Stinky Swamp Cabbage

skunk_cabbageMy November’s Illustration

These hooded flowers have the creep factor nailed from looks to smell. They are this month’s featured illustration.

Symplocarpus foetidus is known by many names: Skunk Cabbage, Clumpfoot Cabbage, Meadow Cabbage, Polecat Weed, and Swamp Cabbage. It is a stinky, smelly plant that grows in the wetlands in North America and parts of Asia. It flowers just above the mud keeping its stem buried below the surface. It’s a thermogenic plant, which means it has the ability to raise its temperature above that of the surrounding air. This allows it to melt snow and ice so it may bloom.

To all my brethren busy stuffing themselves with turkey, candied yams, and pumpkin pie, Happy Thanksgiving. To everyone else, Happy Thursday.

illustration by me!

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21 Comments

  1. Fascinating. I love reading about and hearing about flowers with such particular details and “special powers.” Thanks for the post–it's creepy indeed but also really beautiful, and in a way, perfect for Thanksgiving. What a resourceful and inspiring plant.

  2. Happy Thanksgiving.:) The illustration is lovely (even if the flower does smell…)

  3. That is indeed a creepy plant. It looks like if Yellow Bastard from Sin City tried wearing a Death Eater's robes. I like the power it has though. ThermoPlant!

  4. Fascinating plant–although it does smell pretty bad. 😛

    Have a great Thanksgiving day!

  5. It looks like a flame, so it's neat that it can raise its temperature. I'm waking up to some blogging buddies and drinking a cup of coffee before I attack the bird.

    Happy Thanksgiving!

  6. As smelly as it might be, that is how beautiful it looks. Nice image.

  7. I had heard of Skunk Cabbage before but didn't know what it looked like. Thanks. Hope you have a Happy Thanksgiving too.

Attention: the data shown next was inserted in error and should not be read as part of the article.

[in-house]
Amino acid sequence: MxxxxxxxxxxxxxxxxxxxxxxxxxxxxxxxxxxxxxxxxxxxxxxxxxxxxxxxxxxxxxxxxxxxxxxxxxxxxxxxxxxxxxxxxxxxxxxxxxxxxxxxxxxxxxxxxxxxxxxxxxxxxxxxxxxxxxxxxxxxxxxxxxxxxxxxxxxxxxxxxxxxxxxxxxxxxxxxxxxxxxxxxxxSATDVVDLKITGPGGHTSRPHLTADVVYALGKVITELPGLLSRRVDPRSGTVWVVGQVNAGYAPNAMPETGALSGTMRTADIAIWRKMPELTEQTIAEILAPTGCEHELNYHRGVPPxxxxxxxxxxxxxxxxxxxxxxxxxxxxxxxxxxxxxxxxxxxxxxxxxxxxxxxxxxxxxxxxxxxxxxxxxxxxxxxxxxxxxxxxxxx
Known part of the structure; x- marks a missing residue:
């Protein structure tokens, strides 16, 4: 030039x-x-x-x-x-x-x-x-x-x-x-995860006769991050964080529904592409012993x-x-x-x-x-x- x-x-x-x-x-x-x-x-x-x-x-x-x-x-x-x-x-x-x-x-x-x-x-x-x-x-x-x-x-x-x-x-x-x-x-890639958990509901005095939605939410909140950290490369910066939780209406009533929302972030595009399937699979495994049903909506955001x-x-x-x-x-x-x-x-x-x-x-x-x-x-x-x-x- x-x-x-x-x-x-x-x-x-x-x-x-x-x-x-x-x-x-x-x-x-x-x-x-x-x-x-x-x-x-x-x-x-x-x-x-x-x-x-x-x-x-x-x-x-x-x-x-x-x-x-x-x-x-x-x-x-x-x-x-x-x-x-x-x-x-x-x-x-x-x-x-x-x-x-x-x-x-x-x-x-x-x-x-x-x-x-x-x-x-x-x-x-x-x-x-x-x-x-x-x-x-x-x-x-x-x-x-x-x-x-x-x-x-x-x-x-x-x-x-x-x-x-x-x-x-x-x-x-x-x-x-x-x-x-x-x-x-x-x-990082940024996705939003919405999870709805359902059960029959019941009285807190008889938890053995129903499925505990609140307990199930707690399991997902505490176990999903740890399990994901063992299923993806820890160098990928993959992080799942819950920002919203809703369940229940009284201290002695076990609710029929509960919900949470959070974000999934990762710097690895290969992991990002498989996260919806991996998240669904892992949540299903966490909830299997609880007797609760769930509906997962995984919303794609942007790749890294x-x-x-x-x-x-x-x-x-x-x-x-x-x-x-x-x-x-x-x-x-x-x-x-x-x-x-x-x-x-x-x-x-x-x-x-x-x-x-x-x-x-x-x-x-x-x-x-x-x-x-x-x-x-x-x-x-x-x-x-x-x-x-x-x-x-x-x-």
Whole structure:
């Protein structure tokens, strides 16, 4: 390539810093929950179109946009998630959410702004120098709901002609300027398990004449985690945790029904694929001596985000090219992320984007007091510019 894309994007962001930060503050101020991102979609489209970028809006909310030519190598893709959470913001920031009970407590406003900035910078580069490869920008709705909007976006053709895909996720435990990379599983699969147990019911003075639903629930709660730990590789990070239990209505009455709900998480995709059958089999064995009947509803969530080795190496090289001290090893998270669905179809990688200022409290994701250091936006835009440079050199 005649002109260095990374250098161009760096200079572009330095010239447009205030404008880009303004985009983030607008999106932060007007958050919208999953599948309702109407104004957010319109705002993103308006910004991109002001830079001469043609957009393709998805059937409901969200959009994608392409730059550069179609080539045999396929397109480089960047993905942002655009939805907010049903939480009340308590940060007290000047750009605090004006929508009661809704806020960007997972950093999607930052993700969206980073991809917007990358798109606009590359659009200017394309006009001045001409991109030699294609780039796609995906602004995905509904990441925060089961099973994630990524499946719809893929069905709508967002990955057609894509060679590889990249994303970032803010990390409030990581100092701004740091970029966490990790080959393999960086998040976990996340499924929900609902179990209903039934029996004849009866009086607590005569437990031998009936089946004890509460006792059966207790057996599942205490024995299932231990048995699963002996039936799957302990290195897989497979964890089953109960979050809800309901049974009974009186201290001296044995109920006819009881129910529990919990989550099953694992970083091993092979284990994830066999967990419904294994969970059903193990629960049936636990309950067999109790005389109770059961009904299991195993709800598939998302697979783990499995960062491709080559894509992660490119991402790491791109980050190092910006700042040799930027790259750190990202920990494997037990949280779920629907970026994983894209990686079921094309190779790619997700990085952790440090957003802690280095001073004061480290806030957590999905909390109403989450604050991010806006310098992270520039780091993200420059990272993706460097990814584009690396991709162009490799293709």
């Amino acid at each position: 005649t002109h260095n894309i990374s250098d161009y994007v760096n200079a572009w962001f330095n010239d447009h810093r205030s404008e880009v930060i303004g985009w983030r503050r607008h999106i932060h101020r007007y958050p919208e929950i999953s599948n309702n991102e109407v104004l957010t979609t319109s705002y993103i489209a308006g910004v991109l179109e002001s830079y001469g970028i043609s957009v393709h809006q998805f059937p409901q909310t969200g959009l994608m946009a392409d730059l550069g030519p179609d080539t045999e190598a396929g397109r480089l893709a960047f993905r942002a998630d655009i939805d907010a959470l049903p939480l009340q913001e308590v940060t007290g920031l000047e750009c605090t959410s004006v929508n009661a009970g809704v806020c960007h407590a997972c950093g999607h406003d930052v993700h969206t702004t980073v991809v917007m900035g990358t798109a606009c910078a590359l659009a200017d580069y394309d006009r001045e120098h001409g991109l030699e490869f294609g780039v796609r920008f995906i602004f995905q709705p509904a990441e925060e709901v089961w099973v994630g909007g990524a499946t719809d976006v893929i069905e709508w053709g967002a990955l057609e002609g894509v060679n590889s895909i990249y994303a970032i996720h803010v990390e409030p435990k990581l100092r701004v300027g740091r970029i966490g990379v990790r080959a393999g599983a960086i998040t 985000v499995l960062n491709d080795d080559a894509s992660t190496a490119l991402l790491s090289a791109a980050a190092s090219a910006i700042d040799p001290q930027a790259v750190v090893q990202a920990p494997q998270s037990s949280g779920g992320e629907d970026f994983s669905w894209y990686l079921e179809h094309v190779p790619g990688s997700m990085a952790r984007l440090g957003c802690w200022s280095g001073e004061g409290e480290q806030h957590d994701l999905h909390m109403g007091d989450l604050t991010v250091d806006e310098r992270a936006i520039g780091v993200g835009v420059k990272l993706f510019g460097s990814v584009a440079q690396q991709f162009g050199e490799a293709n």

Mason
    Thoughts in Progress

  8. I could use some of those flowers to melt all of the snow and ice where I live. Happy Thanksgiving.

  9. Find you through Hilary. This image reminds me of Korean kimchi. Amazing how many edible flowers tantilize the human tastebuds and stimulate the expanding imagination.

  10. I'd heard of this plant before but never saw a picture of it. Kinda creepy.

    Thanks for the Thanksgiving wishes. I hope you had a wonderful day.

  11. They are beautiful and creepy! I have to say I've never smelled one before! Should I? 🙂

  12. Interesting image. They look like a jungle flower that entices their victims with a sweet odor or beautiful singing, then eat their unwary prey. Okay, I need coffee to wake up.

  13. Wow I've never seen a flower like that. I agree–totally creepy.

    Angela @ The Bookshelf Muse

  14. That's very cool. I know zero about plants, but I love the idea that it can raise it's temperature.

  15. I think I ate some skunk cabbage at a restaurant in Texas once? 🙂

    ~Ron

  16. which… stinky or not, makes it sort of cool, ne? I'd rather be stinky and warm than frozen. I'll say that much. (also seems an interesting literary detail where they grow, ne?

  17. Sounds like it has really adapted well. It smells so people are likely to cut it for house flowers and it can survive and get sun in cold weather. Sounds like a plant to be praised.

  18. Why, you are just a wealth of knowledge! 🙂

    Thanksgiving was enjoyable and “tasty.” Hope yours was too.

  19. Rayna M. Iyer said…
    To me, that looks more like a Halloween flower than a Thanksgiving one!

    And thank you, for making my life more meaningful.

  20. Hilary Melton-Butcher said…
    Hi .. what a wonderful plant – despite its smell! Isn't nature wonderful that it can adapt to conditions .. I'd never heard of a plant (thermogenic plant) that could melt its surroundings .. so it could flower .. thanks really interesting ..

    Have a good Thanksgiving .. Hilary

  21. Alex J. Cavanaugh said…
    Happy Thanksgiving! And a wonderful illustration. I prefer your beautiful painting to the real thing!

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